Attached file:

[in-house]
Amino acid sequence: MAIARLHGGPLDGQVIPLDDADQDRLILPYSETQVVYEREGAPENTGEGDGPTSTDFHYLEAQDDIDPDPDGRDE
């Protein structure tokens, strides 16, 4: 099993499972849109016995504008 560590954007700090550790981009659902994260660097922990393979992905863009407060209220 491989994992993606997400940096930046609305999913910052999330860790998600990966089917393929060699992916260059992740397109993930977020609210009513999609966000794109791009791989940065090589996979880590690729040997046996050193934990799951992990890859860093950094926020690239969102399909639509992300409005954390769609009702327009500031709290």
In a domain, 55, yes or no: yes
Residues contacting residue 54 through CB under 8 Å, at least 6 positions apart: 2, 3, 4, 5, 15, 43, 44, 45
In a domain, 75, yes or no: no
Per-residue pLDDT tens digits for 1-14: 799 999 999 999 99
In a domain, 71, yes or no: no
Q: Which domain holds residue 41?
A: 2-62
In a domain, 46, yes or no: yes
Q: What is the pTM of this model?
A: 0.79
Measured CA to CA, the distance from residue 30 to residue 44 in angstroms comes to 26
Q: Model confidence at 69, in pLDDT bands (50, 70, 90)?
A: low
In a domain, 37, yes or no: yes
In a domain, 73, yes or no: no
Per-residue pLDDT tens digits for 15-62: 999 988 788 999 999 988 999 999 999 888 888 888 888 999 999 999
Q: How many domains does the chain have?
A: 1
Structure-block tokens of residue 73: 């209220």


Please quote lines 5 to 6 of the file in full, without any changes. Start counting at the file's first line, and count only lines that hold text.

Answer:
Residues contacting residue 54 through CB under 8 Å, at least 6 positions apart: 2, 3, 4, 5, 15, 43, 44, 45
In a domain, 75, yes or no: no